• The Box The Box This is the box built out of 1 x 4's, using a piece of cement board we had laying around for the back. The box was sized to fit a piece of plexiglas over the top.
  • Drilling Holes into Cans Drilling Holes into Cans This wasn't easy to do, but Ray discovered that if he put the can in one of those squishy can holders, the vice would hold the can in place without squishing it.
  • Holes Holes Holes corresponding to the can holes were drilled into the bottom of the box for the cold air to come in, and then more holes were drilled into the top of the box for the hot air to go out.
  • Gluing the cans together Gluing the cans together Not an easy task. We found the grooves in the back of the truck worked well to corral the cans into a straight line. It would probably be a good idea in the future to do more research into what glue would work best for aluminumum, not only for keeping them together, but also for the off-gassing.
  • Styrofoam covered with foil Styrofoam covered with foil We covered the Styrofoam with aluminum foil as a reflective surface and to also help seal it. Not sure it was necessary, but it did make the whole thing look a lot nicer. 😉
  • Trial fitting Trial fitting When all the pieces and parts were pretty much done, we did a trial fitting - just to make sure! Luckily everything fit together pretty well!
  • Painting Cans Painting Cans Probably the easiest job - one we should have thought more about, however. Once the heater was installed, the smell of the paint for the first few days was ghastly! For future reference, we will probably use the high temperature spray paint.
  • Our Version Our Version So this is what the whole thing looked like when we were finished. Not bad, huh?
  • Installed Installed Ray attached aluminum ducting to the top of the box to route the air into one pipe, wrapped it with foam insulation, and then installed it into the kitchen window of our trailer. It works ! It doesn't heat the whole trailer toasty hot as it's a bit too small. It may work better if we attached a solar run fan on it. Happily our pipes don't freeze anymore!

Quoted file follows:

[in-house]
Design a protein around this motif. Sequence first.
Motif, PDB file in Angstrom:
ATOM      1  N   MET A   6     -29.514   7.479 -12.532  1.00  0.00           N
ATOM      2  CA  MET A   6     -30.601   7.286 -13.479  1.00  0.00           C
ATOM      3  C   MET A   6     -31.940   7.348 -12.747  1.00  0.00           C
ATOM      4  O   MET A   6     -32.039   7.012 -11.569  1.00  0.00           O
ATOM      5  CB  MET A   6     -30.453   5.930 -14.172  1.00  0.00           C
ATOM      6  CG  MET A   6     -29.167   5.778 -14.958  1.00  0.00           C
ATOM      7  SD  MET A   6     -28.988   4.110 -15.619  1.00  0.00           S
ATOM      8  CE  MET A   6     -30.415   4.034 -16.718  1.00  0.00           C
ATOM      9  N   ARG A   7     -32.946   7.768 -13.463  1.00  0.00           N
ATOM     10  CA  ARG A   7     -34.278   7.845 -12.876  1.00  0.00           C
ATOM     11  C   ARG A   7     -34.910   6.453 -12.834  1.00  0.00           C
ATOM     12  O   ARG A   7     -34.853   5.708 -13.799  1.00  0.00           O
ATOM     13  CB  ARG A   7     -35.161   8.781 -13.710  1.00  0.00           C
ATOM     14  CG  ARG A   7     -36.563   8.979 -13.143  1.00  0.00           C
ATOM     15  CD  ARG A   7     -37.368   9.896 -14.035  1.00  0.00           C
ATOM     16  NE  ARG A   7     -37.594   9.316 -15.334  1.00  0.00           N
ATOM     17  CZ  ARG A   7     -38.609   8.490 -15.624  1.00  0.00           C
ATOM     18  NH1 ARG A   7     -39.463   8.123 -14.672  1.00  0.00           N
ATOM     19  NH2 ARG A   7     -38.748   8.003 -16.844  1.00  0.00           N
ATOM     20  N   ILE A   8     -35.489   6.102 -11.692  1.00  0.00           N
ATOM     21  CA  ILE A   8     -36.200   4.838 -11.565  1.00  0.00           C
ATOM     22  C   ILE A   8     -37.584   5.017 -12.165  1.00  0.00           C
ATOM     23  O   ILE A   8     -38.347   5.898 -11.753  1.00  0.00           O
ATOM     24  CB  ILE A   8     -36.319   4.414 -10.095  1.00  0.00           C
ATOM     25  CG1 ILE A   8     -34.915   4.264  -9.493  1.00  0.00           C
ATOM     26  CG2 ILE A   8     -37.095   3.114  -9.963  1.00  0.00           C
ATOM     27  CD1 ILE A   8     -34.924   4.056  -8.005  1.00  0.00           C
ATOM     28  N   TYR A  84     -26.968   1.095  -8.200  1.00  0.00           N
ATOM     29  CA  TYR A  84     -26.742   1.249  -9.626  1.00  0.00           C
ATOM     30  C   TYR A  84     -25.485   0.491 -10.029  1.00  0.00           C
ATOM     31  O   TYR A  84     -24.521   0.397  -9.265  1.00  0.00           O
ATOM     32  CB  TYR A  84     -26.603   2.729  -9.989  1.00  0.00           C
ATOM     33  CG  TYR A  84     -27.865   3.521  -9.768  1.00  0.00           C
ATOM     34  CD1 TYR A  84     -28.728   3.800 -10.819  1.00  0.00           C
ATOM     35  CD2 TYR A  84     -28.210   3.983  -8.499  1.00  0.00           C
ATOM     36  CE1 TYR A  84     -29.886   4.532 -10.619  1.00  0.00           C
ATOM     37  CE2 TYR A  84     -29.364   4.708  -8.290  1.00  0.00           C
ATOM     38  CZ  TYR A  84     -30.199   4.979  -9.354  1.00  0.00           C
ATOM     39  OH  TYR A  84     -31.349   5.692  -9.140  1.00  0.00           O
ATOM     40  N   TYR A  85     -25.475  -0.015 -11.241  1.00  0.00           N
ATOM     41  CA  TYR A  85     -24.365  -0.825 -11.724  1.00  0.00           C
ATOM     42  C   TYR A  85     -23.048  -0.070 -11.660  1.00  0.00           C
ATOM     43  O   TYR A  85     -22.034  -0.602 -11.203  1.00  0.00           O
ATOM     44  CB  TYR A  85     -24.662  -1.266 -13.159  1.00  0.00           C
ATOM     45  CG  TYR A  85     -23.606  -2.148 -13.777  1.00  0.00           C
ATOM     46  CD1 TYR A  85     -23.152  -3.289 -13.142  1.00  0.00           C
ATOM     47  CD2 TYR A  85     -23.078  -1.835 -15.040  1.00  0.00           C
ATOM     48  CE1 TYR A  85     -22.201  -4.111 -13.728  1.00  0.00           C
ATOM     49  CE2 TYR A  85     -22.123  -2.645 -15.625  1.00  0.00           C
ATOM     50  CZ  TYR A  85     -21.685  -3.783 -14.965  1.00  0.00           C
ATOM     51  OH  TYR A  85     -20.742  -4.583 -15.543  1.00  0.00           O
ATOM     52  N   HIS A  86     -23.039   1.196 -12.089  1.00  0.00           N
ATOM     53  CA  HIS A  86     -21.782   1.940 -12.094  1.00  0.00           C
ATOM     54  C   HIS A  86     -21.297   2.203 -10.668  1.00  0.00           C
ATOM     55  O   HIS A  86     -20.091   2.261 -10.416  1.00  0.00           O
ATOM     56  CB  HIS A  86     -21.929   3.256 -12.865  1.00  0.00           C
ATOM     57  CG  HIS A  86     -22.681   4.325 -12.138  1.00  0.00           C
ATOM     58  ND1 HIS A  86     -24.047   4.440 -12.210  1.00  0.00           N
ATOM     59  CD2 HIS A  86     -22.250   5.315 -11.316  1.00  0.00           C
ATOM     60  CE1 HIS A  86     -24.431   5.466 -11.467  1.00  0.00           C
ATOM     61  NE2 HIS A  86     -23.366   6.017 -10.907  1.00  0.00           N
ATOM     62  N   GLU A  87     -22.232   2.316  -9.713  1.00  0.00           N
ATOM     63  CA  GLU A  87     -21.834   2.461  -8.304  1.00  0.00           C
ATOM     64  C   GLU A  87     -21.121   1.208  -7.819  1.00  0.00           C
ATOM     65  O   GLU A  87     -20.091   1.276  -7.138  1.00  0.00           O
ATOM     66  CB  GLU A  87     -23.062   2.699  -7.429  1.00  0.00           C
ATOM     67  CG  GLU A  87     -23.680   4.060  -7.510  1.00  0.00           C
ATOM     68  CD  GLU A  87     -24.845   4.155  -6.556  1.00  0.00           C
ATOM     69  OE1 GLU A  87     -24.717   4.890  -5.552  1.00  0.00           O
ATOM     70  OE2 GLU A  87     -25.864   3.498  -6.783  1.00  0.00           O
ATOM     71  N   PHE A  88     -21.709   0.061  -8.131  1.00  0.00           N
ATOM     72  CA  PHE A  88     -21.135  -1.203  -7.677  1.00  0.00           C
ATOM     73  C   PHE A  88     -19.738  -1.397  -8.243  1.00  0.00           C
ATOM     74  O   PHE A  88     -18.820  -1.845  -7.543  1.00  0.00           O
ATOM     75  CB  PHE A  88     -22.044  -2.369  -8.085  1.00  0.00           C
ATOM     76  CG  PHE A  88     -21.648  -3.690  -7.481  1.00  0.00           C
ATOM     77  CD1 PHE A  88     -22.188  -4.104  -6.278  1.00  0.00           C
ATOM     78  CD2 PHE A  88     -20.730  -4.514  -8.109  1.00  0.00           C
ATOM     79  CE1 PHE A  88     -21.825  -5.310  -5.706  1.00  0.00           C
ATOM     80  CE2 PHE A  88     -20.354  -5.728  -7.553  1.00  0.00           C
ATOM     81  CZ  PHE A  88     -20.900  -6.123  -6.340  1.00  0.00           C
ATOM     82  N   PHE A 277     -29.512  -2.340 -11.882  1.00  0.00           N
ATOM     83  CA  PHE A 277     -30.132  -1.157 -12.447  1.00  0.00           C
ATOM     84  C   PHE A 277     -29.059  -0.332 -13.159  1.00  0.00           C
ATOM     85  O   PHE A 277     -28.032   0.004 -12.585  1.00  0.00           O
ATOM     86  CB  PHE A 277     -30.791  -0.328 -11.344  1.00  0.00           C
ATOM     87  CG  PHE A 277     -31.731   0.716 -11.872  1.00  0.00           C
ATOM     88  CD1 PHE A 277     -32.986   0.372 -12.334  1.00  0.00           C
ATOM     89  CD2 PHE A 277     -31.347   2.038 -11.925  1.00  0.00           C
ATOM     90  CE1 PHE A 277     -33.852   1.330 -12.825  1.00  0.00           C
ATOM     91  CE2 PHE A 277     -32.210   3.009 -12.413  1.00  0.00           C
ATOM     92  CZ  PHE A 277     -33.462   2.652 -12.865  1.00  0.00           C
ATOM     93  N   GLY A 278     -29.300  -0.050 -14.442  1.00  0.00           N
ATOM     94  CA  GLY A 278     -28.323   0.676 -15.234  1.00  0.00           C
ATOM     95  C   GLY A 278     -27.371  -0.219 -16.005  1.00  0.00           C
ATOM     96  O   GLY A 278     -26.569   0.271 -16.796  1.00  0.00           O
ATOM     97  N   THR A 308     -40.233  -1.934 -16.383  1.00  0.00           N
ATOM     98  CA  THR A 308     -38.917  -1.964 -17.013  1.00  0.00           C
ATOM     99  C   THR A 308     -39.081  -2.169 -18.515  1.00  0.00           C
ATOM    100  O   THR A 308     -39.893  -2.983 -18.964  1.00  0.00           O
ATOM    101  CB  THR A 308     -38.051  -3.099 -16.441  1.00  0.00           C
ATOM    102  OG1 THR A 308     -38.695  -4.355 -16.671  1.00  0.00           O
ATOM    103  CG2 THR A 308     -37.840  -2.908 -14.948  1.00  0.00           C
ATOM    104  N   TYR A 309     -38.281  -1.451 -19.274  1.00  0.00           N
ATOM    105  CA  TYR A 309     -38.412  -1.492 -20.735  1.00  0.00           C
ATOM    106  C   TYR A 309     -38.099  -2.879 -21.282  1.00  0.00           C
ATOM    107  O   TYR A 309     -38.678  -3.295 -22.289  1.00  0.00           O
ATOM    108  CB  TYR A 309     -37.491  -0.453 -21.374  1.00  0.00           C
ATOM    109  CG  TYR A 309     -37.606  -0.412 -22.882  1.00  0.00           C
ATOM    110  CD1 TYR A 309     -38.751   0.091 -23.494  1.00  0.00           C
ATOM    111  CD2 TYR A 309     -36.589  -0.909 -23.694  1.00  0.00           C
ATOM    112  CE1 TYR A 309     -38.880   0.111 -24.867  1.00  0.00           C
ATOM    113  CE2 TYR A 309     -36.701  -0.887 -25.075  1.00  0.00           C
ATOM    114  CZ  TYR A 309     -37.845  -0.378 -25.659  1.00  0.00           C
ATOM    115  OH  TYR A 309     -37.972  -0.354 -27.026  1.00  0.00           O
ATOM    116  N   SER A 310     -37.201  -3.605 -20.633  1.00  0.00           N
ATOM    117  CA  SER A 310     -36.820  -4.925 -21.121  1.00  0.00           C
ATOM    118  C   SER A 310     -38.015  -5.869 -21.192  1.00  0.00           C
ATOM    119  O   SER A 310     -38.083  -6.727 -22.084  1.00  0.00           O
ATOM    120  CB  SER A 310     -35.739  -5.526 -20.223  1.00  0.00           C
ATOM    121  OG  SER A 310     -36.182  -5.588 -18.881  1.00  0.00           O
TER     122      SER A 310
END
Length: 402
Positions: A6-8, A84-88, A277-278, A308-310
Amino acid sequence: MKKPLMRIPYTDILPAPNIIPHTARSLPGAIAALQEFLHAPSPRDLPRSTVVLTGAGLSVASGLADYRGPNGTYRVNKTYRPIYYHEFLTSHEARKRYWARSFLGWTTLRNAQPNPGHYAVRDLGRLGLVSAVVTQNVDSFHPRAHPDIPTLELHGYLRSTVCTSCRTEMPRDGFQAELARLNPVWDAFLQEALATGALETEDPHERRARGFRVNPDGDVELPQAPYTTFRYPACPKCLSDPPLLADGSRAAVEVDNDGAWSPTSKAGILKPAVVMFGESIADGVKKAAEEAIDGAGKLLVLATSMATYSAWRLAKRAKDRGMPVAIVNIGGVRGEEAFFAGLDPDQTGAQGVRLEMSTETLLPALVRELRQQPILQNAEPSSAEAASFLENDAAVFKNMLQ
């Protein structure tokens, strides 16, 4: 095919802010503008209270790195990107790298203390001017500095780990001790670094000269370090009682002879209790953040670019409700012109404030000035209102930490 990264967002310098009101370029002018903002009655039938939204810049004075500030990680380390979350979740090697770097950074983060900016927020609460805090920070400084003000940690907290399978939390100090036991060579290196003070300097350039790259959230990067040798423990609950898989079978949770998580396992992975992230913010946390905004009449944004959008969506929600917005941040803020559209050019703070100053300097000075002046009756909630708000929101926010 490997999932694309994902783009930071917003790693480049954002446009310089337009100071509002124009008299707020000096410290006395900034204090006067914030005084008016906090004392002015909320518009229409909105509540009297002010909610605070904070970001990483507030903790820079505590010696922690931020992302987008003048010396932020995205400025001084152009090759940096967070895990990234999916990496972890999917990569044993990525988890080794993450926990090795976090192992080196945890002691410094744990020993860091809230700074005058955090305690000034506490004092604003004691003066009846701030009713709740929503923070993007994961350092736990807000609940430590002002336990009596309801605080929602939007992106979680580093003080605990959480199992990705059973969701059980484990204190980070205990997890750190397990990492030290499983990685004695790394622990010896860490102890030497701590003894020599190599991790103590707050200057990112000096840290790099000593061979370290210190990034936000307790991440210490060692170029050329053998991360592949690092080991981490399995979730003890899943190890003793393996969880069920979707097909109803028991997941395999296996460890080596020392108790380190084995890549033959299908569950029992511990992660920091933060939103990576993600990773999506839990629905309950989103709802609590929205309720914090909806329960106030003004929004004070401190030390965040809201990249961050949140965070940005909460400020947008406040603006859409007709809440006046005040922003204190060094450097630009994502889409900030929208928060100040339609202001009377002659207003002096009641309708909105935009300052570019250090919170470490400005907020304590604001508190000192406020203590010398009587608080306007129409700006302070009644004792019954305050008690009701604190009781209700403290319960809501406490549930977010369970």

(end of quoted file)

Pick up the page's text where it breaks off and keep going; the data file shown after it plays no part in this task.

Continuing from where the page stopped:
Our first testing came on a cold but sunny January day.  As you can see from the results in the pictures, the inside temperature got up to 160 degrees before our thermostat conked out!  Holy cannoli, this thing really works.

  • Testing the heater Testing the heater Now it was time to see if this thing works! We had an indoor/outdoor thermometer, so we placed the indoor part behind the heater in the shade, as you can see, and put the outdoor part on top of the heater where the holes let the heat out. We did the test on a cold yet sunny January day.
  • 10:38 10:38 We didn't get the first picture soon enough! Within three minutes the temperature inside the heater had already risen to 71 degrees! You can see that the outdoor temp was 45 degrees and the time was 10:38.
  • 10:41 10:41 Three minutes later and now the temperature is 104! That's the temperature of my hot tub! The outside temp is now 47.
  • 10:45 10:45 Sheesh - One hundred thirty two degrees!
  • 10:48 10:48 Another three minutes, another fourty degrees! Wow, this thing is crazy! You can see the outside temp is also going up a little, now 49 degrees. We suppose that was because of the reflective heat from the concrete and the can heater.
  • 10:52 10:52 Wow. A full one hundred and five degrees HIGHER than the outside temperature! How's that for making heat from the sun!
  • 10:53 10:53 This was the last shot we got because the next minute the thermometer went kaput! Too hot! Wow, we can't wait to tweak our design just a bit having learned from our lessons and make a larger, more efficient one. We may even build a permanent one of these for our house! After all, it's free heat!

We can’t wait to make another bigger, better and prettier one!

 

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Too Much Time On My Hands